Dr. Benson: I think you could say that is level. The fact is that if you apply for an RO1, if you are a cancer researcher and you have a great idea and you want to do a trial, and you apply for an RO1, your chances for getting that award funded today are between 5 and 6% . It is extraordinarily competitive to get an NCI grant. Traditionally, 20 years ago, your chances would have been 20 or 30% and you could resubmit your grant three times. You could work on criticisms, you could answer questions, and chances are if you had a good idea it would ultimately get funded. These days, that is not the case. Now you are allowed to submit one time and your chances of being funded are between 5 and 6% with that mechanism.
The other general mechanism is to look at collaborative grants. So there are a couple of mechanisms where researchers can work together and do something even bigger, something even greater, synergistically by working together on related projects, or by working together on one project. One mechanism is called a P01 grant, or what they call a program project grant. This is where a group of researchers come together who have similar complimentary interests and ideas and they propose a programmatic grant where everybody is going to work together towards a common goal. We have one of these here for example at Ohio State. We have one where 5 or 6 of us researchers work together working on immune treatments for blood cancers and we are all doing our own thing, but the sum of the parts is actually greater than any of the individual parts if that makes sense. In our PO1, I don't know how many trials we have in our PO1, I have two trials in it myself, but there has got to be at least a half-a-dozen trials in there, it is still a five year grant, it is renewable. We actually got ours renewed, it is in our sixth or seventh year now. Hundreds of patients have been in clinical trials on that mechanism. We have a really cool trial that we can maybe talk about in the next interview that just closed to accrual with some really neat results.
Jenny: I would like for you to talk about that next time. I am very excited to hear about it.
Dr. Benson: In a program project grant though the strength lies in the collaboration. Let's bring these researchers together, let's all just acknowledge publicly that one person is not going to cure cancer, that we need to work together, we need to be collaborative, we need to be synergistic. A program project grant is a way to do that.
The other big collaborative grant is called a SPORE grant ("Specialized Program or Research Excellence"). That is really a very large grant where a number of literally world-class investigators come together and say "We are going to create a specialized center where we just focus on this one disease. We are going to do trials, basic research, translational stuff, and the lab guys are going to talk to the clinical folks and vice versa.” A SPORE grant is really the top tier grant from the NCI for collaboration in a particular cancer.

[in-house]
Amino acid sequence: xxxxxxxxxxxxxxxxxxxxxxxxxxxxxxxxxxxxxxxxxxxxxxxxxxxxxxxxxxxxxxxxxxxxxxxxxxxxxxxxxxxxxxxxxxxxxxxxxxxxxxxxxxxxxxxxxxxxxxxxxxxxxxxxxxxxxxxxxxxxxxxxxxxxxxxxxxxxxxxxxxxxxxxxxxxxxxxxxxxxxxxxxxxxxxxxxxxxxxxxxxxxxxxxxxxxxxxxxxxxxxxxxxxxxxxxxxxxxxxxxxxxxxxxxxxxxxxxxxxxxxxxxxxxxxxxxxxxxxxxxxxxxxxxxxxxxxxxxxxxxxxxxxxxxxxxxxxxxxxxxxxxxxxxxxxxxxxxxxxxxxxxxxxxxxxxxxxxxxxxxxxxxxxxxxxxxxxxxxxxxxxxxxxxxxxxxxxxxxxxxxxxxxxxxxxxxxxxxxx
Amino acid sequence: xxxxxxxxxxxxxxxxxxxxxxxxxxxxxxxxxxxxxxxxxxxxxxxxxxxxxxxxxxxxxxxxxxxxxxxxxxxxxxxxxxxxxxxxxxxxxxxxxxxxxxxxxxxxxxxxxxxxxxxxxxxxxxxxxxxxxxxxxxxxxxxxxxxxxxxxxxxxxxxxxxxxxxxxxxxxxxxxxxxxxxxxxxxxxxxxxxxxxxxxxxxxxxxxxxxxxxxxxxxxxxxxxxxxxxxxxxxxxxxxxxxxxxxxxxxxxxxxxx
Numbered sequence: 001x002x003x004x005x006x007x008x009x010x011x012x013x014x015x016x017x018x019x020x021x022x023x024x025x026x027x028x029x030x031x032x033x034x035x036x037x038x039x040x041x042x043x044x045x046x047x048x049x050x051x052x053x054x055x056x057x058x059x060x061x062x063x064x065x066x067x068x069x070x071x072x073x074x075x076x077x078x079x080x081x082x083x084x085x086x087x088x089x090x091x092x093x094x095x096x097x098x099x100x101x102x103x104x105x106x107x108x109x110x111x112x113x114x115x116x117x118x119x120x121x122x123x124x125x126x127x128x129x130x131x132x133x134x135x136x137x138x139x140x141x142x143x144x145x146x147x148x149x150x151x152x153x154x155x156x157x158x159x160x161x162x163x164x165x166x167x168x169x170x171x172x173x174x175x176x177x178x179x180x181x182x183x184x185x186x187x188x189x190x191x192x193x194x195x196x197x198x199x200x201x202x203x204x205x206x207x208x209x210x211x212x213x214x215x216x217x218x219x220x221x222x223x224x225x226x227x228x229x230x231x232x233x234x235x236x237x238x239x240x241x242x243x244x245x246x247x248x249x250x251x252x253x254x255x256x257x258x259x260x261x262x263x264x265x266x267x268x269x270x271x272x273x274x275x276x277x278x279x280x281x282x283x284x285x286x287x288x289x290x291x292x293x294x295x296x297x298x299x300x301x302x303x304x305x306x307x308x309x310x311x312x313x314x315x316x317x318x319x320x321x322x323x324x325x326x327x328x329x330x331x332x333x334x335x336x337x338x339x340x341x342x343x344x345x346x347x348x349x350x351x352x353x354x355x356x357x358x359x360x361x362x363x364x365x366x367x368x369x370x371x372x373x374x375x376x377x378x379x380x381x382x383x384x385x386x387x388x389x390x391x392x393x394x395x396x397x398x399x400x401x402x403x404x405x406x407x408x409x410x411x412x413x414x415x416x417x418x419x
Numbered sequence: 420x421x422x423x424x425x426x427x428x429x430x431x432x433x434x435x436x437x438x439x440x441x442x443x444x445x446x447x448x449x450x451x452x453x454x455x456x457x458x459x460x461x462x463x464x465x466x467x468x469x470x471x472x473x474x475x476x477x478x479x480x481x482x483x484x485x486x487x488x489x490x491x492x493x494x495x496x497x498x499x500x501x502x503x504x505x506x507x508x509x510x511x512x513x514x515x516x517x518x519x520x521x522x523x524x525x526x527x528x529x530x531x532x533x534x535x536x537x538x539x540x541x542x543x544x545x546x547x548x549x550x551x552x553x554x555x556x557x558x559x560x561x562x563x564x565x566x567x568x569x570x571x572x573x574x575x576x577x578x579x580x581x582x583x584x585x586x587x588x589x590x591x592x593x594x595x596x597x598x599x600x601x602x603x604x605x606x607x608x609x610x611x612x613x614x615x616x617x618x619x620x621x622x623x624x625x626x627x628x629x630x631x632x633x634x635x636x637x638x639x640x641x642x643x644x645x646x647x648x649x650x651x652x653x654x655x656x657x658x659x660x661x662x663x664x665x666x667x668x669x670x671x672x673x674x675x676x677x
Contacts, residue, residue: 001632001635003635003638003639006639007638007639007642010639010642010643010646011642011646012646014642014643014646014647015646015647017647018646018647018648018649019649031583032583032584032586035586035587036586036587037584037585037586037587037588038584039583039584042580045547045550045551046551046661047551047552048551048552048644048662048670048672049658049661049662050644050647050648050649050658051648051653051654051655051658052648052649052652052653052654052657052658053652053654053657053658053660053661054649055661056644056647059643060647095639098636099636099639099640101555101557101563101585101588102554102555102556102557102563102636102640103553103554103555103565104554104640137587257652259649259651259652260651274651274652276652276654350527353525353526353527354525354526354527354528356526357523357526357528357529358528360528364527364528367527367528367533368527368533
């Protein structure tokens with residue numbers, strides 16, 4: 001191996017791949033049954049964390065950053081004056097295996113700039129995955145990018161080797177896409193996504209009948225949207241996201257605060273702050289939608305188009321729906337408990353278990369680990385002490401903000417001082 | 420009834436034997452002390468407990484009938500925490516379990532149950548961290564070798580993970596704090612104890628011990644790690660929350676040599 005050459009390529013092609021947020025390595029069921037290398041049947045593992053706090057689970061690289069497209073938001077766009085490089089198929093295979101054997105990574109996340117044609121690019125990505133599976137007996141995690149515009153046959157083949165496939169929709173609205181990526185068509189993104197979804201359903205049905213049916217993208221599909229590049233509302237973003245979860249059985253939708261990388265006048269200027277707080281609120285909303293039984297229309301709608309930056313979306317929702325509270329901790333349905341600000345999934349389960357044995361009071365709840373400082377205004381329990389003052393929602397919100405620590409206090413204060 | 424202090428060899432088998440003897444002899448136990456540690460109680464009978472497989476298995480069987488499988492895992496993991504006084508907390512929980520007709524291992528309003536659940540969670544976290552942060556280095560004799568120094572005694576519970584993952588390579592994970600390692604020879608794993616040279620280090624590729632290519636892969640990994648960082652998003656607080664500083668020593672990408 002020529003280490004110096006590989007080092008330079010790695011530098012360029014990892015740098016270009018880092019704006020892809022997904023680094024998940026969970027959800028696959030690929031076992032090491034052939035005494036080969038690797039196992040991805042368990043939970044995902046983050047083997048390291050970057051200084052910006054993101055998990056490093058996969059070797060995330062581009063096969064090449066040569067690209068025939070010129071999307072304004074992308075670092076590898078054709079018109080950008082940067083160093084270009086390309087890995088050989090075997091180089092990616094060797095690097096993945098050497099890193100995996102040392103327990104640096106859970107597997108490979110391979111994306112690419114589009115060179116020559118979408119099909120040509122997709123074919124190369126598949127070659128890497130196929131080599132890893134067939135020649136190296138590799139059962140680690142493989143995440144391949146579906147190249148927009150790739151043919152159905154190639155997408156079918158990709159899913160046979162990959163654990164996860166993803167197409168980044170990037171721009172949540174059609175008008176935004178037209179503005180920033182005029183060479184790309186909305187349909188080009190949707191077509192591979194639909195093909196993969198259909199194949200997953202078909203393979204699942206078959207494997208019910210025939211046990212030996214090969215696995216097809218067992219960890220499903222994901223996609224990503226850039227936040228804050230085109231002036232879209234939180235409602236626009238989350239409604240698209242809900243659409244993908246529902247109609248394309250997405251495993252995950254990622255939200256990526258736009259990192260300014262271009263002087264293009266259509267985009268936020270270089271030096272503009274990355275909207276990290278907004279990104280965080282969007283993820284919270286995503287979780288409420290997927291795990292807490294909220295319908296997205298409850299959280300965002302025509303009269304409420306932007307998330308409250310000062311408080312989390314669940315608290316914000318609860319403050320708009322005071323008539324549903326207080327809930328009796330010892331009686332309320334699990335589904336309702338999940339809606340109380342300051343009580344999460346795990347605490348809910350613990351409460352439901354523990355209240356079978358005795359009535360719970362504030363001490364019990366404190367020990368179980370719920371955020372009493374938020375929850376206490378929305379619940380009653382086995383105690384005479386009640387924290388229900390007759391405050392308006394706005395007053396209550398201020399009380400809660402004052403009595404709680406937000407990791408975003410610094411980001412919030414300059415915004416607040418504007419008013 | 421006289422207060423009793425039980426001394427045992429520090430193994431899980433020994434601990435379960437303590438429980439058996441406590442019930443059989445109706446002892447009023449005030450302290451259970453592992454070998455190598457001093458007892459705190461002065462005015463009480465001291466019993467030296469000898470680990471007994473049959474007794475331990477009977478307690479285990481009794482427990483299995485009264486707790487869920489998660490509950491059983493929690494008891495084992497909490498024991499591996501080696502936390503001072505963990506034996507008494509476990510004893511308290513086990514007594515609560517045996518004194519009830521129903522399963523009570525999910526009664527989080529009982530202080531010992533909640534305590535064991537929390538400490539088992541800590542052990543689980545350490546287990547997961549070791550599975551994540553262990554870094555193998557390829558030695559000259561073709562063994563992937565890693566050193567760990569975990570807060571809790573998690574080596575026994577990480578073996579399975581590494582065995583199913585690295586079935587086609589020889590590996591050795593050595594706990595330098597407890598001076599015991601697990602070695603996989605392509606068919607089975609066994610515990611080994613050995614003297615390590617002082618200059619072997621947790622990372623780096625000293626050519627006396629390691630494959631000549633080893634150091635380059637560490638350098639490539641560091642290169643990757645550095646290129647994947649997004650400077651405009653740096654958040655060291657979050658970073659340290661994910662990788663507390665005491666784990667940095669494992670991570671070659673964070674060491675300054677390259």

So the pharmaceutical industry pays for trials, the NCI pays for trials, and the other place where a lot of funding is coming from these days is philanthropy. Groups like the American Cancer Society, groups like Leukemia and Lymphoma Society, these philanthropic groups have the same idea. , Investigators have to apply and they have to compete for the money, there are multiple steps for peer review and it is a very competitive process. But the philanthropic groups, like the Leukemia and Lymphoma Society for example, have a very clear mission and a very clear agenda. We want to end blood cancers, whose in? If you are in, this is a way that you can get funding to do your trial which may not be on the radar of the NCI, or may not be on the radar of drug companies. These days this is a big source of benefit for the research and ultimately for the patients too. This is why we have our own fund raiser here at Ohio State (Pelatonia) that has raised almost $50 million for cancer research. We have researchers here that are paid for by Pelatonia.
Jenny: I think it is impressive. I have a question. If there is limited funding, and there is this wide kind of swath of different individuals who want to discover different things, or research different things, who is deciding what gets funded and what doesn't? How does that process work?
Dr. Benson: Great question. Do you have a soap box I can stand on?
Jenny: Yes, you have an open microphone.
Dr. Benson: Generally speaking, who decides is a process of peer review. In other words, you come up with your application, you put your best data in there, you put your best ideas, your best support for those ideas, and it is subjected to a peer review process. At the NCI for example, there are study review sections where there might be two dozen of the best researchers in that particular field who come together two or three times a year to review all of the grants. They judge the grants on its individual merits, on the science, on the thinking, on the people who are doing it. They judge the relative merits, and literally say which one is better than the other one. So in the academic realm, in the NCI, and at the philanthropic groups, it is a process of peer review. Not only which grants hold the most promise, in other words, which trials seem to have the most utilitarian benefit, how many people are going to benefit from this treatment, and what degree of benefit are they going to get? Frankly, they are also reviewed on their likelihood of success. In other words, have these people done it before? Can we trust them with taxpayer dollars? Can we trust them with literally money that was raised from car washes and lemonade stands? Not to be dramatic.
Jenny: Yes, it is true.